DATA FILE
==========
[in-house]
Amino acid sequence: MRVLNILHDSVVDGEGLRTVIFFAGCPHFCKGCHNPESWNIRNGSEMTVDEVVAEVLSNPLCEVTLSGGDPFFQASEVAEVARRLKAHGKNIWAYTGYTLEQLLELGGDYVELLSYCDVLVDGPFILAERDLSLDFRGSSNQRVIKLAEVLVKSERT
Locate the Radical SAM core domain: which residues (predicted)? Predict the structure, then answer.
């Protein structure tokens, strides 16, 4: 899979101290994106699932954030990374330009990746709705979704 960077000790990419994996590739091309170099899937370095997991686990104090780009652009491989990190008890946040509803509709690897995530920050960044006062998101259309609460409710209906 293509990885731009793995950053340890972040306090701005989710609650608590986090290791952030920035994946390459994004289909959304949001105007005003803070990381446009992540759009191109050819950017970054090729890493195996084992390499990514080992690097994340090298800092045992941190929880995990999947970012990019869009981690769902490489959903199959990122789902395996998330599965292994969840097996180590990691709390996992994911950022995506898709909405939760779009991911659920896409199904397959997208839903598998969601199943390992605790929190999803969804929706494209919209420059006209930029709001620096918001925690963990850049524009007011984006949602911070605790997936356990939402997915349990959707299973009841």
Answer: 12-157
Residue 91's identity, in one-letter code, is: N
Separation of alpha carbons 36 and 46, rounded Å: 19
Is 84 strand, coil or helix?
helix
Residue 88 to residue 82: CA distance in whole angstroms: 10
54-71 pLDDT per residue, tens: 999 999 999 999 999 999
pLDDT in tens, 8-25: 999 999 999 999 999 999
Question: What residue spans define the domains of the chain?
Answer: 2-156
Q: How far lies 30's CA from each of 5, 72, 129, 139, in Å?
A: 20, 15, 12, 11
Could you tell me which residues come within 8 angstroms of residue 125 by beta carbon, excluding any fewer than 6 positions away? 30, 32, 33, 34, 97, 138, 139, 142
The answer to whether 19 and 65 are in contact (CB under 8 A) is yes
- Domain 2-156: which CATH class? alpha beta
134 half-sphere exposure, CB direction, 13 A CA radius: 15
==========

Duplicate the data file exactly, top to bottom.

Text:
[in-house]
Amino acid sequence: MRVLNILHDSVVDGEGLRTVIFFAGCPHFCKGCHNPESWNIRNGSEMTVDEVVAEVLSNPLCEVTLSGGDPFFQASEVAEVARRLKAHGKNIWAYTGYTLEQLLELGGDYVELLSYCDVLVDGPFILAERDLSLDFRGSSNQRVIKLAEVLVKSERT
Locate the Radical SAM core domain: which residues (predicted)? Predict the structure, then answer.
């Protein structure tokens, strides 16, 4: 899979101290994106699932954030990374330009990746709705979704 960077000790990419994996590739091309170099899937370095997991686990104090780009652009491989990190008890946040509803509709690897995530920050960044006062998101259309609460409710209906 293509990885731009793995950053340890972040306090701005989710609650608590986090290791952030920035994946390459994004289909959304949001105007005003803070990381446009992540759009191109050819950017970054090729890493195996084992390499990514080992690097994340090298800092045992941190929880995990999947970012990019869009981690769902490489959903199959990122789902395996998330599965292994969840097996180590990691709390996992994911950022995506898709909405939760779009991911659920896409199904397959997208839903598998969601199943390992605790929190999803969804929706494209919209420059006209930029709001620096918001925690963990850049524009007011984006949602911070605790997936356990939402997915349990959707299973009841």
Answer: 12-157
Residue 91's identity, in one-letter code, is: N
Separation of alpha carbons 36 and 46, rounded Å: 19
Is 84 strand, coil or helix?
helix
Residue 88 to residue 82: CA distance in whole angstroms: 10
54-71 pLDDT per residue, tens: 999 999 999 999 999 999
pLDDT in tens, 8-25: 999 999 999 999 999 999
Question: What residue spans define the domains of the chain?
Answer: 2-156
Q: How far lies 30's CA from each of 5, 72, 129, 139, in Å?
A: 20, 15, 12, 11
Could you tell me which residues come within 8 angstroms of residue 125 by beta carbon, excluding any fewer than 6 positions away? 30, 32, 33, 34, 97, 138, 139, 142
The answer to whether 19 and 65 are in contact (CB under 8 A) is yes
- Domain 2-156: which CATH class? alpha beta
134 half-sphere exposure, CB direction, 13 A CA radius: 15